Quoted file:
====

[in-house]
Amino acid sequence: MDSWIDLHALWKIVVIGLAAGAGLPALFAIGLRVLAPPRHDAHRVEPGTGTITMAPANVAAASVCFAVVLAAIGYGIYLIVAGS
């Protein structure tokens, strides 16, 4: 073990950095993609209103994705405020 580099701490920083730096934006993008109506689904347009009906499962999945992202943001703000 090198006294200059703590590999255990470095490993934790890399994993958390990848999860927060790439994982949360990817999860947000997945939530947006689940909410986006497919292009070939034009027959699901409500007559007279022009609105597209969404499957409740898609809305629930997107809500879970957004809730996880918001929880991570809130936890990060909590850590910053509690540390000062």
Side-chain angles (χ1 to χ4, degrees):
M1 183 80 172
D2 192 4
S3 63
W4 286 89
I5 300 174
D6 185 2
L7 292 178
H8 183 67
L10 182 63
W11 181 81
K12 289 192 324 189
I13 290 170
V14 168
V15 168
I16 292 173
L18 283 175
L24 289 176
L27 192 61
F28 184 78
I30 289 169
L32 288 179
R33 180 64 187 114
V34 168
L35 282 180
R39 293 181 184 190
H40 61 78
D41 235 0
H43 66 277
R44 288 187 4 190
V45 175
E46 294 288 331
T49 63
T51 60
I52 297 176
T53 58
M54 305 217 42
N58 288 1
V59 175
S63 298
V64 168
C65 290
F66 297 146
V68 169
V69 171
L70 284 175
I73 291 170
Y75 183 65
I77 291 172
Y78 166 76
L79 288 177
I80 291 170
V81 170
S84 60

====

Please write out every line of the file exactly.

[in-house]
Amino acid sequence: MDSWIDLHALWKIVVIGLAAGAGLPALFAIGLRVLAPPRHDAHRVEPGTGTITMAPANVAAASVCFAVVLAAIGYGIYLIVAGS
């Protein structure tokens, strides 16, 4: 073990950095993609209103994705405020 580099701490920083730096934006993008109506689904347009009906499962999945992202943001703000 090198006294200059703590590999255990470095490993934790890399994993958390990848999860927060790439994982949360990817999860947000997945939530947006689940909410986006497919292009070939034009027959699901409500007559007279022009609105597209969404499957409740898609809305629930997107809500879970957004809730996880918001929880991570809130936890990060909590850590910053509690540390000062």
Side-chain angles (χ1 to χ4, degrees):
M1 183 80 172
D2 192 4
S3 63
W4 286 89
I5 300 174
D6 185 2
L7 292 178
H8 183 67
L10 182 63
W11 181 81
K12 289 192 324 189
I13 290 170
V14 168
V15 168
I16 292 173
L18 283 175
L24 289 176
L27 192 61
F28 184 78
I30 289 169
L32 288 179
R33 180 64 187 114
V34 168
L35 282 180
R39 293 181 184 190
H40 61 78
D41 235 0
H43 66 277
R44 288 187 4 190
V45 175
E46 294 288 331
T49 63
T51 60
I52 297 176
T53 58
M54 305 217 42
N58 288 1
V59 175
S63 298
V64 168
C65 290
F66 297 146
V68 169
V69 171
L70 284 175
I73 291 170
Y75 183 65
I77 291 172
Y78 166 76
L79 288 177
I80 291 170
V81 170
S84 60